Global trade compliance main focus of upcoming maritime logistics forum

By Patrick Burnson, Executive Editor · October 3, 2019

The 12th Annual Maritime Transportation Forwarding Logistics & Global Supply Chain Workshop will be staged by ABS Consulting in Miramar, Florida October 16 & 17. A major focus of the event will be trade compliance. In this exclusive interview, ABS president Albert Saphir shares his insights.


Logistics Management: What is the current status of USMCA? Brexit? U.S.-China trade?

Albert Saphir: All is extremely fluid at this point, impossible to say what will happen. USMCA should eventually be approved to replace NAFTA, but it seems to be a complicated trade agreement so no one can really put a clear timeline on this. BREXIT is chaotic – impossible to predict what will happen.U.S.-China trade continues to be unpredictable, maybe not as chaotic yet as BREXIT, but we are getting there.

LM: How can you help domestic shippers find affordable sources for the materials that they need to build their products, and companies whose products were once duty free now have duties to reconcile into their forecast?

Saphir: For some that has become a major challenge, regardless is they import directly or by from a supplier who in turn imports.  Likely those materials were not duty free in the past, but carried some duty, for example 8%.  But with the various sanction duties (which are ADDITIONAL to the regular duties) the additional cost can range easily from 10-40% currently.  Some suppliers may absorb some or all of the cost due to long term contractual delivery contracts or try and “share” the additional cost with the supplier (especially China).  In other cases it will be the end consumer who will pay more.  Some manufacturers or distributors are moving into a FTZ environment, but that is not always easy and quick to do and also adds costs, but depending on the final supply chain process most of not all duties can be eliminated in some cases.

LM: How can shippers and logistics service providers build a strategic approach toward the Section tariffs in the new year?

Saphir: There’s not much logistics service providers can do other than react to their clients changing needs and offer relevant services.  For example, some suppliers are moving out of China into Vietnam, Malaysia, and Thailand, so the logistics providers need to be in those markets to be able to service their U.S. customers.

LM: That’s seems like sound advice. Anything else?

Saphir. Yes. Importers need to continue to search for best possible options, clearly there is not one-size-fits-all answer but a long list of possible options potentially.  The biggest challenge for all is that changes unpredictable and are happening fast on very short notice.  That has never happened before, and international supply chains often plan out 1-5 years in advance on factories and manufacturing options so nothing can change “on the spot” easily.

LM: Can you explain how classification of items subject to the tariffs can be carefully analyzed if legacy systems are outdated?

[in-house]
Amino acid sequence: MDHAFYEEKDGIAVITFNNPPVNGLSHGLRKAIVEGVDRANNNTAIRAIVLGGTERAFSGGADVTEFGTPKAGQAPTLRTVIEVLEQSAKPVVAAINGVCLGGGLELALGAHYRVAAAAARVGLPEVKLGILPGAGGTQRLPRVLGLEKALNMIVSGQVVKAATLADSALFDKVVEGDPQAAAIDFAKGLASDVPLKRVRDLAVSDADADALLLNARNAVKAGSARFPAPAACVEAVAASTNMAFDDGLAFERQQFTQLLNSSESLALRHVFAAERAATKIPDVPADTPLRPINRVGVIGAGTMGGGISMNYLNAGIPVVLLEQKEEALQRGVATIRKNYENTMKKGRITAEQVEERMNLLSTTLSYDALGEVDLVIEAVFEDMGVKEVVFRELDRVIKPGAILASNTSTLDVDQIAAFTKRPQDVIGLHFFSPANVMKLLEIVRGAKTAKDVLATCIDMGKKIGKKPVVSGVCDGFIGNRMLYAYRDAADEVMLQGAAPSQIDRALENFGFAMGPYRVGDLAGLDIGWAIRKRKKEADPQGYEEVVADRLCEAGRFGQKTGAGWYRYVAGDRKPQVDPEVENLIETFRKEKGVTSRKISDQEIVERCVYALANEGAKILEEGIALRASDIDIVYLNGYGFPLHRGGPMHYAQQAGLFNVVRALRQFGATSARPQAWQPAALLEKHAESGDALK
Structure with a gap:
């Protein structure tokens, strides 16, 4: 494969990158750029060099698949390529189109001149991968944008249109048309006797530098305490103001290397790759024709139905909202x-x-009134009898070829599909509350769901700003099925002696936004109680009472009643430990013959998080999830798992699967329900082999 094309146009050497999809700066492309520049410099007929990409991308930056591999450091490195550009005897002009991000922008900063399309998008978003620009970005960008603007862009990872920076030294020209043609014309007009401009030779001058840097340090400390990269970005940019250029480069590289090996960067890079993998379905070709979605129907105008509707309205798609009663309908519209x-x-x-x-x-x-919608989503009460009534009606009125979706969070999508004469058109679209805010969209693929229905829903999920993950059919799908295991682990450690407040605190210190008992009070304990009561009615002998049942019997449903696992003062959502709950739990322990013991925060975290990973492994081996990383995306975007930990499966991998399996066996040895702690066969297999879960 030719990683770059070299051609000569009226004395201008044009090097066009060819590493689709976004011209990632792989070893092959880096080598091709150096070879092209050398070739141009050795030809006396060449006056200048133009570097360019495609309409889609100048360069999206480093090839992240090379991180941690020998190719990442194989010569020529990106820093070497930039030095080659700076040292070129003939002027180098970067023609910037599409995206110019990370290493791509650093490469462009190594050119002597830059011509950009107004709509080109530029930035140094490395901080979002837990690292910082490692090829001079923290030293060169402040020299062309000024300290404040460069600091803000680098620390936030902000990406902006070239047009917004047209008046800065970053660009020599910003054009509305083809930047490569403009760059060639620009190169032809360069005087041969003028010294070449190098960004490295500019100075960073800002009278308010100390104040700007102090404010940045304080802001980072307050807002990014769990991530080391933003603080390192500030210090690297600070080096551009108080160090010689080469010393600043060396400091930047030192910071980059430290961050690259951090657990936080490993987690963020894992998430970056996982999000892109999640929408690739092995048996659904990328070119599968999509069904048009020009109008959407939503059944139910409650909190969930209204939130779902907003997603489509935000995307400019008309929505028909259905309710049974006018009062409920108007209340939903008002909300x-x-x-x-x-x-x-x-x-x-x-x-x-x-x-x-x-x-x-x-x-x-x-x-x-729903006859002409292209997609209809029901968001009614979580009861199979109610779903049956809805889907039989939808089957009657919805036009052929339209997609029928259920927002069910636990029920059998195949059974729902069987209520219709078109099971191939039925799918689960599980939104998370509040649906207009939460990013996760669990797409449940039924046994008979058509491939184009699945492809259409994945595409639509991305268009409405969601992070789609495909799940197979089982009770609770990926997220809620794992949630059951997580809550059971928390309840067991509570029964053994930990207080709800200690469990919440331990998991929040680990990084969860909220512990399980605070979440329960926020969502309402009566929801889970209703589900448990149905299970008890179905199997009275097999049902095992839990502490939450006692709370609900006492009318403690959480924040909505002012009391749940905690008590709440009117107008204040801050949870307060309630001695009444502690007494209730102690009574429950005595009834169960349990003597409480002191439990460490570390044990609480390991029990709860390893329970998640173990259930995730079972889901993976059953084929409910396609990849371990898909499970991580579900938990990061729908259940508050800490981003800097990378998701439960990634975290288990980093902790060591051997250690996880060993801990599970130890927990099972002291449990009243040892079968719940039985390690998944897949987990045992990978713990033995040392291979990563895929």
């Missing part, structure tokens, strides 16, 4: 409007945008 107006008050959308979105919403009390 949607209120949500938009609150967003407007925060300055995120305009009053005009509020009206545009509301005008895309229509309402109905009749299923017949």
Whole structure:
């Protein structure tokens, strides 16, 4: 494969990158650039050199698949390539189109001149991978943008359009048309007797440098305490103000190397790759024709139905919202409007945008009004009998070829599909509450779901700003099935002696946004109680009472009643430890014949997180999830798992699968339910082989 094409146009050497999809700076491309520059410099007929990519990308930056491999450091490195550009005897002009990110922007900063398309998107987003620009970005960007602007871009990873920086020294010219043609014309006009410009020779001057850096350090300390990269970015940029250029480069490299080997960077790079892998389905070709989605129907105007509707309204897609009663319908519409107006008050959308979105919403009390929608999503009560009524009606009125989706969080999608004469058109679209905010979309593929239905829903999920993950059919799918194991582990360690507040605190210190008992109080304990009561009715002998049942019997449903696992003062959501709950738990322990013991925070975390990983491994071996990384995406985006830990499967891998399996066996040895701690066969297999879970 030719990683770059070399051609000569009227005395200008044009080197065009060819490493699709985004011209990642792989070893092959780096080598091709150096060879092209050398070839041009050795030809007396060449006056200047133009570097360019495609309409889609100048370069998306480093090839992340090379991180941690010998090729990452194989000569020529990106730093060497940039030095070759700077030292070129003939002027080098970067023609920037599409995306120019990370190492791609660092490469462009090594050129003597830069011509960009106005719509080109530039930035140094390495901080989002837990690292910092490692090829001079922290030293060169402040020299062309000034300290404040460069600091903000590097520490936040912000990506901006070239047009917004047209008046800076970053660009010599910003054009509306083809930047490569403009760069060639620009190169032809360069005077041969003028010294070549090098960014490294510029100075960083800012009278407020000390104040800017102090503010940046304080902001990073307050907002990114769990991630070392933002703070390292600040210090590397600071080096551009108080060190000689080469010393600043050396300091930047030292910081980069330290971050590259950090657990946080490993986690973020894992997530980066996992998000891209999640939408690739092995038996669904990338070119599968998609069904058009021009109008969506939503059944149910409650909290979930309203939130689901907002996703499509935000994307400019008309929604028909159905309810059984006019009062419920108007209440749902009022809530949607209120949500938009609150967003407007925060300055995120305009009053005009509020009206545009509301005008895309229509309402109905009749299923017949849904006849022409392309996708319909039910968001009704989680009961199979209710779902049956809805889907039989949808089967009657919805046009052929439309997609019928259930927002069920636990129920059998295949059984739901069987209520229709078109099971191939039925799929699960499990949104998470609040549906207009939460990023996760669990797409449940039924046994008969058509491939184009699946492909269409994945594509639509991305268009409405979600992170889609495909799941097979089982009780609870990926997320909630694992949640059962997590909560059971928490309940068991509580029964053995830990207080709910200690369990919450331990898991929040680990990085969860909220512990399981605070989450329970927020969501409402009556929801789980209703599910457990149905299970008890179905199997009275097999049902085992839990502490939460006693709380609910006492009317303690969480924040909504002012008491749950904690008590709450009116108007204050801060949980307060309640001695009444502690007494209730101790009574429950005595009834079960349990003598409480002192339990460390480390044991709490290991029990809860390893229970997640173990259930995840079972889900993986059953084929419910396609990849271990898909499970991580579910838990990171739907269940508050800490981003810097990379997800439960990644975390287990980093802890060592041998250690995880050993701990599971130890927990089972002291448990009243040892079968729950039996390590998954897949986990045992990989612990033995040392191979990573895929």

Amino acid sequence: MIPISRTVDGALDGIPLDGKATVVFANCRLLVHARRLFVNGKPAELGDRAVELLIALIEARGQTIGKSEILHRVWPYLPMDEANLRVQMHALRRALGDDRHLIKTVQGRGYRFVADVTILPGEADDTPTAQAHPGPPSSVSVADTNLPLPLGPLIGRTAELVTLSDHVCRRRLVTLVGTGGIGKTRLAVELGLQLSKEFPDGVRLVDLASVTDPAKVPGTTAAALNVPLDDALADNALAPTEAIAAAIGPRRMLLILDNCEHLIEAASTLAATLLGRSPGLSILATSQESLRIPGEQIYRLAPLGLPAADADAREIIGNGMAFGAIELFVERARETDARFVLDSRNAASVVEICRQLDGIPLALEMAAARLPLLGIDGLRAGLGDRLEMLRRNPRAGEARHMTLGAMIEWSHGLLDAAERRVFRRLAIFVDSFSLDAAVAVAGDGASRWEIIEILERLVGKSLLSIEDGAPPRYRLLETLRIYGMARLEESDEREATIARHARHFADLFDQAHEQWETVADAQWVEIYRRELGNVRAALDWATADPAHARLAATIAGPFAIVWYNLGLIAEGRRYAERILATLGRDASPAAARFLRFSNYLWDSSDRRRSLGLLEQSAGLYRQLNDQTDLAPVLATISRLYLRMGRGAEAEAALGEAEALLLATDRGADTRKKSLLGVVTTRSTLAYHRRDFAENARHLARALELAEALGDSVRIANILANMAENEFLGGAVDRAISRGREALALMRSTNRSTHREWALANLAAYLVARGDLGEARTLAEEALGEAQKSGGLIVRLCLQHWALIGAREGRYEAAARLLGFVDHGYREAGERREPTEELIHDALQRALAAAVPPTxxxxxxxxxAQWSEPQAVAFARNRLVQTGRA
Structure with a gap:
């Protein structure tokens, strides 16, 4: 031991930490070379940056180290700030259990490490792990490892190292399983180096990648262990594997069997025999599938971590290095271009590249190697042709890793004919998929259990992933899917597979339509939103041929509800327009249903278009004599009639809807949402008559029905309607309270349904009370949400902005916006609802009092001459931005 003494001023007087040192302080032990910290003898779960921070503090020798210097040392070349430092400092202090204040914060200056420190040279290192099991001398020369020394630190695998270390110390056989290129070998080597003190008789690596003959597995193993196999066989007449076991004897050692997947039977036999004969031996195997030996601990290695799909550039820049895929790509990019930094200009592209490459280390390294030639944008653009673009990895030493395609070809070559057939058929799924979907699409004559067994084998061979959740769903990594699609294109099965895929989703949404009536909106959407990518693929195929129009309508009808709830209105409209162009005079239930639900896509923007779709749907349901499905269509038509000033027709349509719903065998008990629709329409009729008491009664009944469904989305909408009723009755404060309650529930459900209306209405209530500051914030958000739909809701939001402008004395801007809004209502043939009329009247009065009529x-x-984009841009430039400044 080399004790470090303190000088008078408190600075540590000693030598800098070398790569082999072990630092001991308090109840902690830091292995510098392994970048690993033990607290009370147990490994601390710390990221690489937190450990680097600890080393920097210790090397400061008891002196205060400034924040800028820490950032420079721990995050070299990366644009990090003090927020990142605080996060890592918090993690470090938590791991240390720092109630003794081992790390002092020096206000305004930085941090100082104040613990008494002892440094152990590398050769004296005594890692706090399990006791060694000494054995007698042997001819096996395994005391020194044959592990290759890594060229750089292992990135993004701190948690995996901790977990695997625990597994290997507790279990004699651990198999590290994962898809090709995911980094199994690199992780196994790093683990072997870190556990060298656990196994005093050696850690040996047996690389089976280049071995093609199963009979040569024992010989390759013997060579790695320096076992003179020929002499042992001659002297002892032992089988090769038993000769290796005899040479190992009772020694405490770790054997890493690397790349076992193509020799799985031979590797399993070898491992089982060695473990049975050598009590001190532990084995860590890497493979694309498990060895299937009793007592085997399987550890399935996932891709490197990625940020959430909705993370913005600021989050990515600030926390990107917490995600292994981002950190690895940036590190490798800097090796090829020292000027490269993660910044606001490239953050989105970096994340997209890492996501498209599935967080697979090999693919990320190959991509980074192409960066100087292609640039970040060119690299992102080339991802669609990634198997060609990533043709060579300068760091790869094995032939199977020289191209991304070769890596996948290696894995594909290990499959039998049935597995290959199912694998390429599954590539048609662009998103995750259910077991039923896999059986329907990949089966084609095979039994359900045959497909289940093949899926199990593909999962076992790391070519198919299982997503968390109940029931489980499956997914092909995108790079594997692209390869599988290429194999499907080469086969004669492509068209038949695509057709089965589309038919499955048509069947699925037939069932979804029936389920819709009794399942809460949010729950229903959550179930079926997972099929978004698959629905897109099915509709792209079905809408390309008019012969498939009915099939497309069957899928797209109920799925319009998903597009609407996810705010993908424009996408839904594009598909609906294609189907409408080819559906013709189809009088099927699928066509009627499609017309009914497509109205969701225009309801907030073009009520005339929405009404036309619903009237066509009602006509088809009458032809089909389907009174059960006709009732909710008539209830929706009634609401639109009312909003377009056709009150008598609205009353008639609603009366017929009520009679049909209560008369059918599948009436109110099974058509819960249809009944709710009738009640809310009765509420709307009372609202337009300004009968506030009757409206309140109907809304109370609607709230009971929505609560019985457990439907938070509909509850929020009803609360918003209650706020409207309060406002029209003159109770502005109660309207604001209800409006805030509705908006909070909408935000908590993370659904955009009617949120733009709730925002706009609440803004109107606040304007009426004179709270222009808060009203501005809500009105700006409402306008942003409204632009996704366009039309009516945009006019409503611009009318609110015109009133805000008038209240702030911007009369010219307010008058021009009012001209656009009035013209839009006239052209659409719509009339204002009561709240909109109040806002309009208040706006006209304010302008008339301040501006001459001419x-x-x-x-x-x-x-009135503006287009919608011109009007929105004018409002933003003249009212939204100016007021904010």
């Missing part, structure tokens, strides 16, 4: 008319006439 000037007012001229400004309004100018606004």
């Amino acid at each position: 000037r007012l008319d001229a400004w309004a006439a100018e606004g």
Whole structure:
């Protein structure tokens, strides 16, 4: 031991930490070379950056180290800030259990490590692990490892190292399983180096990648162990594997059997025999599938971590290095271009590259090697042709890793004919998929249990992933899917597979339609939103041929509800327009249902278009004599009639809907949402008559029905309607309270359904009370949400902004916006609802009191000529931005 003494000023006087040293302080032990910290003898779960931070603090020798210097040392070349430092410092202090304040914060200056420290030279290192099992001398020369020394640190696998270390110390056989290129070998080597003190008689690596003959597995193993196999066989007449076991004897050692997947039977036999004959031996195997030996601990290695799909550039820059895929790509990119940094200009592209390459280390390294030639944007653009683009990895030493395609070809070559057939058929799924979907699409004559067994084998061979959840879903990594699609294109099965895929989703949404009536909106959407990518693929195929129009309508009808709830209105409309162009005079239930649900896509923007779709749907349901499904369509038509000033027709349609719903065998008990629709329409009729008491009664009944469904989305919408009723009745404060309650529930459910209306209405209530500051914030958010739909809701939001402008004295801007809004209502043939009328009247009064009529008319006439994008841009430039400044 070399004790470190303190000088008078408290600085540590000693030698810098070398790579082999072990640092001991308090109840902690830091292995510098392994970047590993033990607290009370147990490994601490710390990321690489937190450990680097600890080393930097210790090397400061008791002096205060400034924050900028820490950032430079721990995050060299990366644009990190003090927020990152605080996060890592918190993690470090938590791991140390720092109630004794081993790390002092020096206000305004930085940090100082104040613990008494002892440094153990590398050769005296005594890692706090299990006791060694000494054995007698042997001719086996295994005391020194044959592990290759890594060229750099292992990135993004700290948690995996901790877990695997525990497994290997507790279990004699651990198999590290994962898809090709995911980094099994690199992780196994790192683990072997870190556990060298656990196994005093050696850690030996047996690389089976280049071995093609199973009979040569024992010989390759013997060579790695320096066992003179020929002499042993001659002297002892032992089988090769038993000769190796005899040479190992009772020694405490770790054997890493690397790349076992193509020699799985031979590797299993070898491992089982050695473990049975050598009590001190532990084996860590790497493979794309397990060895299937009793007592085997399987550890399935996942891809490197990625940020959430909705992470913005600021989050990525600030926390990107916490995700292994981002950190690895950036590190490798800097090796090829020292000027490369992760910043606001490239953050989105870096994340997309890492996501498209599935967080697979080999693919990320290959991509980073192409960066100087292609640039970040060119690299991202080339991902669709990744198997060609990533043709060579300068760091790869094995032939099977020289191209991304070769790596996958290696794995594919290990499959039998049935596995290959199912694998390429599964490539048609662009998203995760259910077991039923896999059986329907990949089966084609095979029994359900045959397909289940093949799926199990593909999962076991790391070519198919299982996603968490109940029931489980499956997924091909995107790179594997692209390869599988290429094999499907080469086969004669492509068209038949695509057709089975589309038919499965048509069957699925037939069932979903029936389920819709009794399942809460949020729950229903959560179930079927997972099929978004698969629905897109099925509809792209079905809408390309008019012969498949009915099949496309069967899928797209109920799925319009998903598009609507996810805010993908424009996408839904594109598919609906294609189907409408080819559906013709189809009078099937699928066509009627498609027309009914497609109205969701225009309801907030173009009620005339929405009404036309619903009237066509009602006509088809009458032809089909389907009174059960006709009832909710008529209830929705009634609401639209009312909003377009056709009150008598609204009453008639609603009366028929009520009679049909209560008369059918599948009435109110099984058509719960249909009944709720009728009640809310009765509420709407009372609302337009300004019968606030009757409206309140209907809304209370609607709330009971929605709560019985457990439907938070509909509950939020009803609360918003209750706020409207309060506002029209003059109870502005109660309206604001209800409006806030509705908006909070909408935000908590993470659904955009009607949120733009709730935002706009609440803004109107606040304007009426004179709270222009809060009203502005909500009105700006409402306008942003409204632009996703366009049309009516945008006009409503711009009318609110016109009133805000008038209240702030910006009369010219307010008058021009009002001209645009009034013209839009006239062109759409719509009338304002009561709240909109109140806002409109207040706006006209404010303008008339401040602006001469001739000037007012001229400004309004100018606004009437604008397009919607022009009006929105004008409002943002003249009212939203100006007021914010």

Saphir: Importers need to very carefully reanalyze their HTSUS classifications (which they should have done in the past anyhow) to ensure that they are correctly classified.  Some may find that there is a more appropriate classification out there that may not be as much impacted by the sanction duties than the one they have been using.  But with most of Chinese products now having sanction duties, this exercise is not as productive as it may have been when the first round of China sanction duties came out.  In addition, the importer opens themselves up to extra scrutiny by CBP if they change the classifications on items they have been importing.  In other words, CBP may reject the new classification or will start asking questions about the differently classified items in the past which may come back to haunt the importer with the statute of limitations being five years.

LM: How do you help shippers review contracts and costs of their supply chains, since domestic shippers may have the cost of tariffs passed via suppliers without being made aware?

Saphir: Domestic manufacturers purchasing materials and parts may simply see an increase in their costing from their suppliers which may pass on some or all of the additional cost.  Awareness should not be an issue, since at the end only the total cost will matter and how the two parties negotiate.

LM: What advice do you have for international shippers when reviewing Deliver Duty Paid (DDP) contracts to plan for possible tariff impacts in 2020. Any “fundamentals” to keep in mind?

Saphir: I am not a fan of DDP shipments, a lot of potential problem areas and mistakes than can be made.  If the DDP contracts are legitimate all the way, negotiations between seller and buyer are no different than for any other mode of purchase.

LM: Finally, how can shippers ensure that the correct Customs bond in place?

Saphir:  The majority of importers in the U.S. have continuous bonds with CBP.  The amount of the continuous bonds are based on the expected annual duty liability towards CBP.  Obviously, the various sanction duties now in place can considerably increase the annual duty amount owned to CBP, thus those continues bonds must be increased before CBP finds them insufficient.  The importer needs to stay in close contact with their surety to monitor this.

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